My Ludum Dare 32 jam entry

[video]http://www.youtube.com/watch?v=32O_mfMpv6g[/video]

I’ve made this game in three days on recent Ludum Dare jam event. My experience with Urho is still pretty poor, and I decided, that participating in a jam is a good opportunity to learn. I went with script only, because I’m not familiar with C++. It also was my first game jam. I worked in CodeLite with AngelScript autocompletion set up with help of this thread: groups.google.com/forum/#!topic … WOOGAdwlEU

Download: https://dl.dropboxusercontent.com/u/8845134/ld32/supapowah.zip
Source, single .as file: http://pastebin.com/4fL39qaC
LD page: http://ludumdare.com/compo/ludum-dare-32/?action=preview&uid=51412

Feel free to criticize.

I really enjoyed working on Urho. It performs like a beast. And I figured out a lot of new things in that three days despite the lack of documentation and tutorials for noobs like me. Anyway, here are several things, that I want to clarify:

  1. Later in development the Urho3d player started to crash pretty often. There is no particular action, causing it. It should be something in my code, but is there a way to debug a Urho3d player crush (other than building and running it in debug mode)? Is it dumping crash logs somewhere?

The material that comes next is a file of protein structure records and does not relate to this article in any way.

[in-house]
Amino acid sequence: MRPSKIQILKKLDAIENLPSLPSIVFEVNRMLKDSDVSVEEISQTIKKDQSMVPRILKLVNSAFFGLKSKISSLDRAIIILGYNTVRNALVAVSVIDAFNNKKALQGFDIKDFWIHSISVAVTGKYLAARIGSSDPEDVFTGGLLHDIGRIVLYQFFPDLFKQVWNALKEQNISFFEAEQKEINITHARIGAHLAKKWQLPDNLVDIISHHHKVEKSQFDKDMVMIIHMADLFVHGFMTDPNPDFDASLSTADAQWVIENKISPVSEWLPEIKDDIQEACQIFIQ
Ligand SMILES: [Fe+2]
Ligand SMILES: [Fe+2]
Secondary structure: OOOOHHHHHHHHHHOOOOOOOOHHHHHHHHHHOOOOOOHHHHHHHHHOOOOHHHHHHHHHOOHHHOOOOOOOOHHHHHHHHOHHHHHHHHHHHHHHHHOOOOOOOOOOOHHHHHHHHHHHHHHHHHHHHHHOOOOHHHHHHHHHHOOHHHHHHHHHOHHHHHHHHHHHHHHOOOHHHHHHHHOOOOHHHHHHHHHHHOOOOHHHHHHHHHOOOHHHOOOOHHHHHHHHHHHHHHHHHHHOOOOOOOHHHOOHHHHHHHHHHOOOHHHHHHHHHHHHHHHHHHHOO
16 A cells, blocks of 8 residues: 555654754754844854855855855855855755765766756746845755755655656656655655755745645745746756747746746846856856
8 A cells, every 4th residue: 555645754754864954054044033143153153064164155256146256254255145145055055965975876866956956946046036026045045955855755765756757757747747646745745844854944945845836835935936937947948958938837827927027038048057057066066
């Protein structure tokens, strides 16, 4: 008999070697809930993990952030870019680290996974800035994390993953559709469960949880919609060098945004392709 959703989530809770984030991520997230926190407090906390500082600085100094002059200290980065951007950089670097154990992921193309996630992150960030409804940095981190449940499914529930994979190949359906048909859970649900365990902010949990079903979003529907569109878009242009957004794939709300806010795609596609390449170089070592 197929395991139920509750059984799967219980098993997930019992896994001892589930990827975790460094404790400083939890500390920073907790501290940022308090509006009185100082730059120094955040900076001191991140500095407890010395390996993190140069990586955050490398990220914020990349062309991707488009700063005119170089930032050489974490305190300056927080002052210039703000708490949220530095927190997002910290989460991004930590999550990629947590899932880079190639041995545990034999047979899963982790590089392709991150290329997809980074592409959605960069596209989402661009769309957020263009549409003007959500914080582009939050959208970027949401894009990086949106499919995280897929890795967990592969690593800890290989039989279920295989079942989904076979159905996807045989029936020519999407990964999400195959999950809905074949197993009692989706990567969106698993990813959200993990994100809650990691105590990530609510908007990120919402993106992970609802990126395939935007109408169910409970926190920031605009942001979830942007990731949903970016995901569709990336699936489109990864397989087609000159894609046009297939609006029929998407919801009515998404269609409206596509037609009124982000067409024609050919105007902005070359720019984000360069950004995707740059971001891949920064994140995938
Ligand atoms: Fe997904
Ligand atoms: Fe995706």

2. Is there a way to restart the whole game? I ended up with scene_.RemoveAllChildren(); and then creating everything up again. Is it okay? Or maybe there is something else I have to remove manually?

  3. Updates. Is there a place where I can find the list of all available update functions, and order in which everything gets updated?

  4. At first, I was happy to find out, that I can read input from any place, like Update() or FixedUpdate() of script objects, but actually, that’s doesn’t work sometimes, and sometimes depends on FPS. Examples are not constant in the ways, thay handling input, so what is the basic do/ do not?

  5. Enabling vsync drops fps to 15.

Nice entry for being done in 3 days! In particular, I like the weapon design, the chaining, and the zombies.

One thing I would suggest for future events is to modify the Urho3D player yourself. There is no reason (Though Game Jams sometimes require you to forsake all reason) to require someone to run GAME.bat. Instead, you can change Urho3D player to match the defaults you expect, and let other players modify those defaults with the command-line switches made available if they want to do their own thing.

  1. You can specify the log level of the Urho3D Player with the -log switch:

You can look at the other switches at Running Urho3D player application.

These logs should go to a file called URHO3D.log

  1. I believe with the Urho3D player, you’re doing a good job of “restarting” the game. The alternative would be to recreate the scene entirely. With a C++ game, there would be more available to you, but your solution works fine.

  2. You can view the main loop at Engine initialization and main loop. Additionally, there are C++ headers for events, such as PhysicsEvents.h, that will give you a more verbose list of what events you can hook. I’m not familiar enough with AngelScript to offer exactly how to translate these, but it will all work.